The demand for optical network systems that offer 800 Gb/s coherent optical channels is another use case for open optical networking. The commercial availability of this technology is relatively recent; there are still only a limited number of vendors offering 800G capable systems. However, because the primary 800G technology is based in the transponders (rather than in the optical line systems), an open optical line system would enable a service provider to select a transponder vendor that offered 800G even if it was a different vendor than the service provider’s line system vendor.

The popularity of this use case is reflected in the 83% of the online respondents that indicate that they would deploy 800G coherent optical engine technology from a nonincumbent vendor. Service providers also anticipate needing this 800G capability soon; 79% of the respondents indicate their companies will deploy 800G coherent technology by the end of 2022.

Figure 3. Likelihood of Switching to a Different Vendor for Deploying 800G Coherent Technology

Evidence of an Imminent Transition to Open Optical Networking
Current Open Optical Network Capabilities
The initial form of open optical networking, support of alien wavelengths, has already been deployed by a significant portion of the service providers. Just over half of the online survey’s respondents indicated that between 40% and (up to) 100% their networks currently provide this version of open optical networking.

This large portion of the service providers that have begun to deploy optical network systems that support alien wavelengths suggests that the open optical design methodology has already achieved broad acceptance, suggesting that further open optical network deployments are likely.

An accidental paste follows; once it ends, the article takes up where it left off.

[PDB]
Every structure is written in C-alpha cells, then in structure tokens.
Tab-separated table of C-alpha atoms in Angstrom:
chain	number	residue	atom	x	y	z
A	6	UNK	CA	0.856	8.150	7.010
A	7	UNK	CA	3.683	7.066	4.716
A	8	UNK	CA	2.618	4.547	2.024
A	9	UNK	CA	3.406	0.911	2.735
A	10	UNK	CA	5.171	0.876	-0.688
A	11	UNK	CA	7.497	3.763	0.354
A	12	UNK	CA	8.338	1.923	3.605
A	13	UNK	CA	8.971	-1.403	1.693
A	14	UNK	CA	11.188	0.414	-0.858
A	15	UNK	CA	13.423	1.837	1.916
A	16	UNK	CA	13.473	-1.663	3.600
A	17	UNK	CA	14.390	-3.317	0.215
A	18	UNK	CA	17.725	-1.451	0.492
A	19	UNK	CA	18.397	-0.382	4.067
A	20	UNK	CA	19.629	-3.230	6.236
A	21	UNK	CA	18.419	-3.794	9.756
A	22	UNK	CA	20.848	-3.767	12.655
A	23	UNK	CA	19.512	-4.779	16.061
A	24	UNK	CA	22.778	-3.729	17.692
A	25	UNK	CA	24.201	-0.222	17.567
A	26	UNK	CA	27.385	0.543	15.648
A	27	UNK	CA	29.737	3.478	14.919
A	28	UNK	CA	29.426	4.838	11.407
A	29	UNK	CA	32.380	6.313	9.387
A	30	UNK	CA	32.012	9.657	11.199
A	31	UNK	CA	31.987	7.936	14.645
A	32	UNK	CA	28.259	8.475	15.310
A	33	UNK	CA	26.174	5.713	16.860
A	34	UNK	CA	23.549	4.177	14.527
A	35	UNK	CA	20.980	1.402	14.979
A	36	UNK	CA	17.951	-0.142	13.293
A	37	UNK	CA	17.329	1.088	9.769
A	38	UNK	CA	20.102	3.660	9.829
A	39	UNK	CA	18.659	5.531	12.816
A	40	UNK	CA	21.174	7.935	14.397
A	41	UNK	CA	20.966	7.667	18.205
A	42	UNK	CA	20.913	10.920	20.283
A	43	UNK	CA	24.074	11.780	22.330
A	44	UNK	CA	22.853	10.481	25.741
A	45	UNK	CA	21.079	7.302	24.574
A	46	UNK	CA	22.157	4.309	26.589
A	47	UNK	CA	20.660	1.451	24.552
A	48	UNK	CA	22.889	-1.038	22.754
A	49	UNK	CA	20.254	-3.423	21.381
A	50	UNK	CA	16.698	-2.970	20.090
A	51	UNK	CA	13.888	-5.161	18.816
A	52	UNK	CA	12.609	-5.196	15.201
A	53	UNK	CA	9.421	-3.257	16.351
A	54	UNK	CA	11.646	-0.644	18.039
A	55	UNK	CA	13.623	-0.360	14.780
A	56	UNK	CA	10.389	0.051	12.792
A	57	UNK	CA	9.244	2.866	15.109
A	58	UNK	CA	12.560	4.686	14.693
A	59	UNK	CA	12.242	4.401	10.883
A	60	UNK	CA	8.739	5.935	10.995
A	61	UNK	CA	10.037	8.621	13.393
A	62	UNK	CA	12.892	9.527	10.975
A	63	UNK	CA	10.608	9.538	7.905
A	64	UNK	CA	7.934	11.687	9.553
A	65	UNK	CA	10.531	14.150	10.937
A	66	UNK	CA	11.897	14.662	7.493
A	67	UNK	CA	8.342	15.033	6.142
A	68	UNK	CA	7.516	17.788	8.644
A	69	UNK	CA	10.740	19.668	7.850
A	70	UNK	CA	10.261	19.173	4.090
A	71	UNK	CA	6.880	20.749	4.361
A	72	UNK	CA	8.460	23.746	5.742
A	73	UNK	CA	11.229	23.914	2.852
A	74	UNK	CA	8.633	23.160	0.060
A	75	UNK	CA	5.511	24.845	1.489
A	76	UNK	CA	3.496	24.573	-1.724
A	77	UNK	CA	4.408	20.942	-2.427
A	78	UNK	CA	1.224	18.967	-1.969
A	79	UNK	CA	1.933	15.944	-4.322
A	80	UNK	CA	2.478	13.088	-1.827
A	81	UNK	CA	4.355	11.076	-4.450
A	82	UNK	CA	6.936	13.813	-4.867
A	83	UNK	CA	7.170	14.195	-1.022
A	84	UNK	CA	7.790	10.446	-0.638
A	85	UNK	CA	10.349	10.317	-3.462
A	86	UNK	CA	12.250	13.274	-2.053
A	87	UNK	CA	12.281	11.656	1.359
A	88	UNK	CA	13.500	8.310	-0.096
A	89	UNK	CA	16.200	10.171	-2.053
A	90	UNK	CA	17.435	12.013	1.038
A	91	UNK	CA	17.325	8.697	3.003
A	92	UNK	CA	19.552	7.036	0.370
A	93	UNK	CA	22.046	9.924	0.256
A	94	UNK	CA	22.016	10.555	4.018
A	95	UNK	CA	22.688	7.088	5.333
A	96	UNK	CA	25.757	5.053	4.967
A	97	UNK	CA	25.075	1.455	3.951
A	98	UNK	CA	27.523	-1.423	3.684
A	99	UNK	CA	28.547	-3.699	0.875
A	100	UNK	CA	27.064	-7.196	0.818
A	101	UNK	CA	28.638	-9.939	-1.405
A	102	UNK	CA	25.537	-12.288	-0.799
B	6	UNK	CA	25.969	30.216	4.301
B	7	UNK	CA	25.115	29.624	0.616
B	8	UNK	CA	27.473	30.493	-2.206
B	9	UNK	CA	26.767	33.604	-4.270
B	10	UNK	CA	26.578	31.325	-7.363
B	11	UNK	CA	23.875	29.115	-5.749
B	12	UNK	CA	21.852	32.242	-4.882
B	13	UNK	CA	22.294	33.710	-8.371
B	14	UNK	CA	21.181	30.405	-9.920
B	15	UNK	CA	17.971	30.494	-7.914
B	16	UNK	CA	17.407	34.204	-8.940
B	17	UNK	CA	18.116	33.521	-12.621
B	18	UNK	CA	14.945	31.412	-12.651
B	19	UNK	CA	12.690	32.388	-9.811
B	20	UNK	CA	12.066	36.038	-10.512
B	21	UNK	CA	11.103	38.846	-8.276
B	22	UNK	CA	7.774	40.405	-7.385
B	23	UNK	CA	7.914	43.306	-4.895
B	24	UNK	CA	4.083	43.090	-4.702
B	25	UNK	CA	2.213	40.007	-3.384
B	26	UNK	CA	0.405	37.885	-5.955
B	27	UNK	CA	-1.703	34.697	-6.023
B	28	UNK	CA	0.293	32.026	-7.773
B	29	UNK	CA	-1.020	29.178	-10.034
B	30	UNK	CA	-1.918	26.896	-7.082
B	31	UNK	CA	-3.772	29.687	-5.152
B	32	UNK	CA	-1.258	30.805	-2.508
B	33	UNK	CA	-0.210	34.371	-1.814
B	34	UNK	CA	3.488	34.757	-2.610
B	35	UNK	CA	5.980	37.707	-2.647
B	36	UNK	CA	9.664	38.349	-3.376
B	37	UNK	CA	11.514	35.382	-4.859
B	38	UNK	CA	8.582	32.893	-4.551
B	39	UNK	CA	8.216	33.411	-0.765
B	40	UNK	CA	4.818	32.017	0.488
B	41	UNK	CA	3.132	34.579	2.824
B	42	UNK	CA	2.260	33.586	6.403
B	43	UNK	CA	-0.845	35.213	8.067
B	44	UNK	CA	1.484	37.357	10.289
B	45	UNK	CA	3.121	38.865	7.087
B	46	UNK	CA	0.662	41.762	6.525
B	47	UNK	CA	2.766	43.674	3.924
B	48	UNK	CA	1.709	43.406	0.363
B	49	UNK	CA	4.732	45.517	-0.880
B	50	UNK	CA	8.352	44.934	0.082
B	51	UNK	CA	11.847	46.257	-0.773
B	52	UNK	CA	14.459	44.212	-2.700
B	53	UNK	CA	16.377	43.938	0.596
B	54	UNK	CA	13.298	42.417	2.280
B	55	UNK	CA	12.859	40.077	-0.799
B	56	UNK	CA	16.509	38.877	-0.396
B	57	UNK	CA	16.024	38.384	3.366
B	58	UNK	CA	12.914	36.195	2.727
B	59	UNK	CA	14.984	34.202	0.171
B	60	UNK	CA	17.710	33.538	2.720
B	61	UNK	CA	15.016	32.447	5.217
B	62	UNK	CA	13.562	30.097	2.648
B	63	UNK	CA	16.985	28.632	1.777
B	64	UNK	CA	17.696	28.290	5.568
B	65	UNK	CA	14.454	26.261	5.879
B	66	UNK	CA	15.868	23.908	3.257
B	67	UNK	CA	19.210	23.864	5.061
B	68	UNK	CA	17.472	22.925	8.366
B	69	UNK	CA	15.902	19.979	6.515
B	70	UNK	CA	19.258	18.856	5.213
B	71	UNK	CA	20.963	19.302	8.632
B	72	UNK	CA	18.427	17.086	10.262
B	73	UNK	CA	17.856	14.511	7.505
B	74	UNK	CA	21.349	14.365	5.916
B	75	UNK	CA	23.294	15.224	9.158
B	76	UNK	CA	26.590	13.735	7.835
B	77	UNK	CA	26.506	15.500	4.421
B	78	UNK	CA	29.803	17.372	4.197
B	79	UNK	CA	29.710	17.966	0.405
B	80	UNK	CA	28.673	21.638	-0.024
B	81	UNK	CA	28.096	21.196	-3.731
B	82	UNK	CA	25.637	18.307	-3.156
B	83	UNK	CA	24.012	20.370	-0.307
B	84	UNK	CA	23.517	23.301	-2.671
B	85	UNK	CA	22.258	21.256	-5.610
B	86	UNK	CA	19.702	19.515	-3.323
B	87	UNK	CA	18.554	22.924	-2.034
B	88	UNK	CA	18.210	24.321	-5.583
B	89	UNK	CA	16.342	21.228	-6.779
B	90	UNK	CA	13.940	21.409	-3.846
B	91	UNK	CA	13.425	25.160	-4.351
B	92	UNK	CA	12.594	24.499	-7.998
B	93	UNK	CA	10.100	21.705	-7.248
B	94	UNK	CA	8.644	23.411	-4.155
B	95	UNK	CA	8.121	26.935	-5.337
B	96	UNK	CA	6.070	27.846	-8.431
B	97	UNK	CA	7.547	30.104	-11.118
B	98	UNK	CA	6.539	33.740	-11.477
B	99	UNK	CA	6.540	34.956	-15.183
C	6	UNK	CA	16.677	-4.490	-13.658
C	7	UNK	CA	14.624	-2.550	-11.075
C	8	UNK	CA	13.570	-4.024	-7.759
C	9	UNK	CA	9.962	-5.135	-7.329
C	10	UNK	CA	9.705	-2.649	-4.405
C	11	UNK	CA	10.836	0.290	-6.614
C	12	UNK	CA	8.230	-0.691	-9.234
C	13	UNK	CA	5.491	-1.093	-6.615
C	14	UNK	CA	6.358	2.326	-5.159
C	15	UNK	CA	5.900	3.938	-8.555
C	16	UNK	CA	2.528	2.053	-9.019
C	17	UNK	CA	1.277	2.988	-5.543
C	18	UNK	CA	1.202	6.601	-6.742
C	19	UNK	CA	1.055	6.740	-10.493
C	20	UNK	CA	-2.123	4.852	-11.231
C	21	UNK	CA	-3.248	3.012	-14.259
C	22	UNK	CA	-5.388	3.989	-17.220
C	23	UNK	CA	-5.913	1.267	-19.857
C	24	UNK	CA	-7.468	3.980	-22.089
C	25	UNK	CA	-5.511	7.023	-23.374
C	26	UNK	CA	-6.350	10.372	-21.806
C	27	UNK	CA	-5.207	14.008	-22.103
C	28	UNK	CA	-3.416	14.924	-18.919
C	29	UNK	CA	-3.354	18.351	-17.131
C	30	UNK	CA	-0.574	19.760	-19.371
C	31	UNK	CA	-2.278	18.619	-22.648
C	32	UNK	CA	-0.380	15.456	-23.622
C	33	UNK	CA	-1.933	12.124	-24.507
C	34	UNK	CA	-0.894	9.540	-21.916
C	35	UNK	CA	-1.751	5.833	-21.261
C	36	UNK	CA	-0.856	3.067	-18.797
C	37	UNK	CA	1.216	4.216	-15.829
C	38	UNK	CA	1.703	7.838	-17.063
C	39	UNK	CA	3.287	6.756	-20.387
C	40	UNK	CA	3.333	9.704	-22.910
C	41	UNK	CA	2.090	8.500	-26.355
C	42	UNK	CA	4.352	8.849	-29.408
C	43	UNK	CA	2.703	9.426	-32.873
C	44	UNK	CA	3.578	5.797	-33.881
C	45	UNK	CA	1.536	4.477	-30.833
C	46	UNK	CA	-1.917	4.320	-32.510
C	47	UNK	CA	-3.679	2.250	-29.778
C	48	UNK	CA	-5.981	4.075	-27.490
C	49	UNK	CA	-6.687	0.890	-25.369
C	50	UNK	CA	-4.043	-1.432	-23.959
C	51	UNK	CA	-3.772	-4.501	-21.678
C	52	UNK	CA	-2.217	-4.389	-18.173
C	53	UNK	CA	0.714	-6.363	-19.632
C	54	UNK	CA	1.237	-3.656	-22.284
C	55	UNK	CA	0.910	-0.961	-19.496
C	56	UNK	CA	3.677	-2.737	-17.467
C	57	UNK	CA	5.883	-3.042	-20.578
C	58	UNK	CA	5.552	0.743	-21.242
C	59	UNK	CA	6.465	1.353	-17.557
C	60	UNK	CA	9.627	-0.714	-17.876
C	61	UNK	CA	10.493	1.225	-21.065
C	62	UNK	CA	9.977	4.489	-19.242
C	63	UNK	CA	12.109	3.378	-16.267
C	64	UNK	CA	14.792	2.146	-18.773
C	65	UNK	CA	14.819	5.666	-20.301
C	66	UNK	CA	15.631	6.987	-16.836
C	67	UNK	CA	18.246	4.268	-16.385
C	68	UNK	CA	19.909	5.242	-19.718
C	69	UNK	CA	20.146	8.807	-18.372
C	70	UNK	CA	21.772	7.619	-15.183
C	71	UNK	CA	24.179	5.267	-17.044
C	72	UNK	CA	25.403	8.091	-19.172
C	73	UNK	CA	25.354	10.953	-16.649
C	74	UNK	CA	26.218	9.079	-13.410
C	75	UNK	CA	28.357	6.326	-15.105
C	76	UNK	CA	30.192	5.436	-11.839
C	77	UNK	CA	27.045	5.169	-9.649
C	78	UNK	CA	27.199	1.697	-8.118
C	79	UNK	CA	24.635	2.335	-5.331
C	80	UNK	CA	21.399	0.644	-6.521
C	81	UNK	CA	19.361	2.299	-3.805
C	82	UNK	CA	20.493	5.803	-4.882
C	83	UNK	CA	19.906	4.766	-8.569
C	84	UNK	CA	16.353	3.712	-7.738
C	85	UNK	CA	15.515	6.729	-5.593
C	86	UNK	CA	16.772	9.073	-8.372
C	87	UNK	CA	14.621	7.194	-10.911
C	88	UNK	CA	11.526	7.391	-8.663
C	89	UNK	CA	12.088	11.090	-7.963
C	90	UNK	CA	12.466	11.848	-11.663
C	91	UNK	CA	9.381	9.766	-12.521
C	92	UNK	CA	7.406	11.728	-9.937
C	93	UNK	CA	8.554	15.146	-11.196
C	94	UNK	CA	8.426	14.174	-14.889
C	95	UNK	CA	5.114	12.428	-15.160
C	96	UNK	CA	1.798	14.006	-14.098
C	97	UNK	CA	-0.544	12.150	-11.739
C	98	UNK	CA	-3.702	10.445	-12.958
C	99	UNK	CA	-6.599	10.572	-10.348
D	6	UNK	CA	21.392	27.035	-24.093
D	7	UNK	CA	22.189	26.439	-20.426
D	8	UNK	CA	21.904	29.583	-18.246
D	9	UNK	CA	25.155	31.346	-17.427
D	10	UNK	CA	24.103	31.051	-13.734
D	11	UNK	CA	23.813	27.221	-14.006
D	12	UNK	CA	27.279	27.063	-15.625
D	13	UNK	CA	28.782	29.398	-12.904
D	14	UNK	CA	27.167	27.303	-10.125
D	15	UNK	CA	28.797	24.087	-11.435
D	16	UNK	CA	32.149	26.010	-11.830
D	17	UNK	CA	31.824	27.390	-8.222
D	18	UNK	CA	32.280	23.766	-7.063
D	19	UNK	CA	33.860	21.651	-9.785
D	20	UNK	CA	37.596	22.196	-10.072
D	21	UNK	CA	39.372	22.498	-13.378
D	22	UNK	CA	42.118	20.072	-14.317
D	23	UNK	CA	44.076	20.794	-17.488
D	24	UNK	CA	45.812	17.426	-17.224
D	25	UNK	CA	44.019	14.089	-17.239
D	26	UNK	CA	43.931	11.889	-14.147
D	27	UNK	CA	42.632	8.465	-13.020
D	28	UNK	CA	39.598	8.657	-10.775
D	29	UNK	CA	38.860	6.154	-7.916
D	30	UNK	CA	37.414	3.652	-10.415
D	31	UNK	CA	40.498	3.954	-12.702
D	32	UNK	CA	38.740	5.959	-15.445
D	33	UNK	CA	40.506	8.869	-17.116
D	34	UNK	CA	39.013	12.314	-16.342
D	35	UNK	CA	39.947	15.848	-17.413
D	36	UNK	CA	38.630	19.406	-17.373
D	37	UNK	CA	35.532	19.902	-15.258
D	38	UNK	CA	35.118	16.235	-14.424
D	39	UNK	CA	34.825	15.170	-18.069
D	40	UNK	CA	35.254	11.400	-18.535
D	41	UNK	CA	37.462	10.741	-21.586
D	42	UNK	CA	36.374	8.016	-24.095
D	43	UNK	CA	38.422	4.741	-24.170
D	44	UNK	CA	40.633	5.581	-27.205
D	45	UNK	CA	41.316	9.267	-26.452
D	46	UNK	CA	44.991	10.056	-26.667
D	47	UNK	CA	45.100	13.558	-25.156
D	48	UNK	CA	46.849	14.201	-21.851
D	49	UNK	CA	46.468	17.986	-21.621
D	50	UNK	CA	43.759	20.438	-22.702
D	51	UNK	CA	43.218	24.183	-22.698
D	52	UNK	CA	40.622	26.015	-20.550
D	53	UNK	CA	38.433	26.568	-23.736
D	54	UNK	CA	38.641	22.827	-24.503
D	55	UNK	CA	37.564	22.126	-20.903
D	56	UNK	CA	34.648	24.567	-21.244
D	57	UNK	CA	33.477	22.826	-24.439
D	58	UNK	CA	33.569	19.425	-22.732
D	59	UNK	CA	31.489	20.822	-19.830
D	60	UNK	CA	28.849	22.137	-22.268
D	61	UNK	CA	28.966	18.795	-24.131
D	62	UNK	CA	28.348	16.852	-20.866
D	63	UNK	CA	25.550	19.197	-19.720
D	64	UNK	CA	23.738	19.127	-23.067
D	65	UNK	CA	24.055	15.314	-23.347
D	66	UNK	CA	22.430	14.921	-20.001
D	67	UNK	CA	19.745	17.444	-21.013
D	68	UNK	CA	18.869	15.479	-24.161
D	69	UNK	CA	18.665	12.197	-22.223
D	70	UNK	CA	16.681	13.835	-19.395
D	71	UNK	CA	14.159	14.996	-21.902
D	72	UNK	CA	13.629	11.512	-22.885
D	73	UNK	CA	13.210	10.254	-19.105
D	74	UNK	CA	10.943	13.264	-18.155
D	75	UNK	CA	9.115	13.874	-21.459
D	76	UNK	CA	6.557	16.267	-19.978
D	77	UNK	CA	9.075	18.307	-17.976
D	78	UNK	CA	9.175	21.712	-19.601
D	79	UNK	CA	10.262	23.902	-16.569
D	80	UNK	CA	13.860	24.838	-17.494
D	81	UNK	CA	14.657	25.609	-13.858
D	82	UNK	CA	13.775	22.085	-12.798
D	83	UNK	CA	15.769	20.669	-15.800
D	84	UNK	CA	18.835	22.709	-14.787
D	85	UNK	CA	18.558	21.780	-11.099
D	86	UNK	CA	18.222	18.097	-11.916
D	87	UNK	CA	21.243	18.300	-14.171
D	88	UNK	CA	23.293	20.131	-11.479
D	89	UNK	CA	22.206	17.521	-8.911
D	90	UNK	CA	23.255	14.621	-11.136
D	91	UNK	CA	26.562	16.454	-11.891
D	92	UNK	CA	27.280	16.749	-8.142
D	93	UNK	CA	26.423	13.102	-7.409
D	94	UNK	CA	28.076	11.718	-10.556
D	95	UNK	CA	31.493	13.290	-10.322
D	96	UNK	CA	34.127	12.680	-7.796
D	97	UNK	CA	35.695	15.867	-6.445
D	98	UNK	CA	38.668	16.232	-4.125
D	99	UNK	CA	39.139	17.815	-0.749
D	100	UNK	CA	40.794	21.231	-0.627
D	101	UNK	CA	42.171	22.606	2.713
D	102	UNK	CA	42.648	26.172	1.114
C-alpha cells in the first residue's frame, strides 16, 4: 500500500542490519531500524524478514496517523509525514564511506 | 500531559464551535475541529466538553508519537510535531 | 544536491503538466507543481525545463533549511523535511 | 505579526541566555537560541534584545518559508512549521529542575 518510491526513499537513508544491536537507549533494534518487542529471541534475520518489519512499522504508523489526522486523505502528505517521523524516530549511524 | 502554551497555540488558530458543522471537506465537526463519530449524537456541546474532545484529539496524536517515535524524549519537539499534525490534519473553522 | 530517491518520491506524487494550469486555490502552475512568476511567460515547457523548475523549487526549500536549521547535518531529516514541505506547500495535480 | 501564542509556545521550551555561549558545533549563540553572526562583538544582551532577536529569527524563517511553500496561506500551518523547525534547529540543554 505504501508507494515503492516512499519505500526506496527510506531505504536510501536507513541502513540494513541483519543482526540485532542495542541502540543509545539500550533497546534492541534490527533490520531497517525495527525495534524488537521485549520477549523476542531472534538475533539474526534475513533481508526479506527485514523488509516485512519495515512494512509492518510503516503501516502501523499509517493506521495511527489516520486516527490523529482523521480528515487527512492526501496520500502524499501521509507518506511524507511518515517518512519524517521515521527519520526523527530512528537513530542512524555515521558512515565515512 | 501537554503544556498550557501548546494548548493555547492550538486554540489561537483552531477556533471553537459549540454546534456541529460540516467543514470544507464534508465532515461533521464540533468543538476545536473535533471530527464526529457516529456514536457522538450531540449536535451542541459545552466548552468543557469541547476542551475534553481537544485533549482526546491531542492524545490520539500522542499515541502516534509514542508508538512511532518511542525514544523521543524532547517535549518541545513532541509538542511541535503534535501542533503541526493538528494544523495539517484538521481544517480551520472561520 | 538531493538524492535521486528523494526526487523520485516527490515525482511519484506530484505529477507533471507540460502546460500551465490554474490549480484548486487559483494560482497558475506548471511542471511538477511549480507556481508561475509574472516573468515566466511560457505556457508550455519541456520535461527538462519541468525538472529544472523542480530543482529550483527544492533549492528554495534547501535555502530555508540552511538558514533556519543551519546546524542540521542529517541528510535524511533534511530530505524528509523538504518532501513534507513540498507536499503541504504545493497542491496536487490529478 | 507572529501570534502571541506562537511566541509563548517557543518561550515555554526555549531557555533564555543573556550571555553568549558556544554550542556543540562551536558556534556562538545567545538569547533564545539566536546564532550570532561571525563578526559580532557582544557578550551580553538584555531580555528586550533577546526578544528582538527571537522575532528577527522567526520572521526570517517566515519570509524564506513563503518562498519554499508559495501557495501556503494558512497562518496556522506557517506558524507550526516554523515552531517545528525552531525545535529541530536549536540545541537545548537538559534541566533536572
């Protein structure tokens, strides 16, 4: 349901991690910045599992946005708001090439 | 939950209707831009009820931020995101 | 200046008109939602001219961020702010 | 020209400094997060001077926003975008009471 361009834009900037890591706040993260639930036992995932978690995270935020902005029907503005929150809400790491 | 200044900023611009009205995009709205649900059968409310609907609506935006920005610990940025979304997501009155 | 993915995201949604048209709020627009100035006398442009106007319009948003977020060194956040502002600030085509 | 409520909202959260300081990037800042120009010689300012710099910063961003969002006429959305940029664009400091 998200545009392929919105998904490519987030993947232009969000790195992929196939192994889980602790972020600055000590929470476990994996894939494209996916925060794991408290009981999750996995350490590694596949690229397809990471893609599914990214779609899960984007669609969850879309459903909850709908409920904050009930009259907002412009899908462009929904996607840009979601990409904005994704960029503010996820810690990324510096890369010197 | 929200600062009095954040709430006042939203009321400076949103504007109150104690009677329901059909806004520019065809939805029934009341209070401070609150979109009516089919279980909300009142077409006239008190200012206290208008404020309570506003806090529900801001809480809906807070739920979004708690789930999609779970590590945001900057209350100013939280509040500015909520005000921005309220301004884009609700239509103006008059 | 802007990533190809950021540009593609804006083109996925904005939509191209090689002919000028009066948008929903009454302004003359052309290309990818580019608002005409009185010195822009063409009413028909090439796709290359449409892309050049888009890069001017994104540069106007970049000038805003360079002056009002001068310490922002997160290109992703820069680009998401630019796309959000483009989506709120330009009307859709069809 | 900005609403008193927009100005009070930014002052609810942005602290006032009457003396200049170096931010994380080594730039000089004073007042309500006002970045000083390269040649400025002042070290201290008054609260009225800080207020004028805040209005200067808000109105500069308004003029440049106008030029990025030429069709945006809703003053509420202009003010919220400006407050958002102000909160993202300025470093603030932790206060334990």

Figure 4. Portion of Respondents Indicating Current Degree of Penetration of Their Networks with Alien Wavelength Capability

Service Providers' Expectations
In addition, service providers expressed confidence in open optical networking as they estimated when their first open optical network systems would be deployed. Seventy-three percent of the respondents expect to deploy open optical networking solutions by the end of 2022. These results suggest that not only will open optical networking be deployed on a widespread basis but that most of its deployment will occur within two years.

Figure 5. Timeline to Deploy Open Optical Networking Solutions

It should be noted that these service provider respondents do not consider the support of alien wavelengths as being full open optical networking. In response to a separate survey question addressing the support of alien wavelengths in their optical networks, 94% of the respondents indicated at least some level of alien wavelength support at the present time. On the other hand, as indicated in Figure 2, only 46% of them anticipate deploying open optical networking by the end of 2021.

Network Growth Rate
A factor that facilitates deployment of open optical networking is rapid network growth. Such growth can enable the introduction of open optical networking without requiring the replacement of existing infrastructure.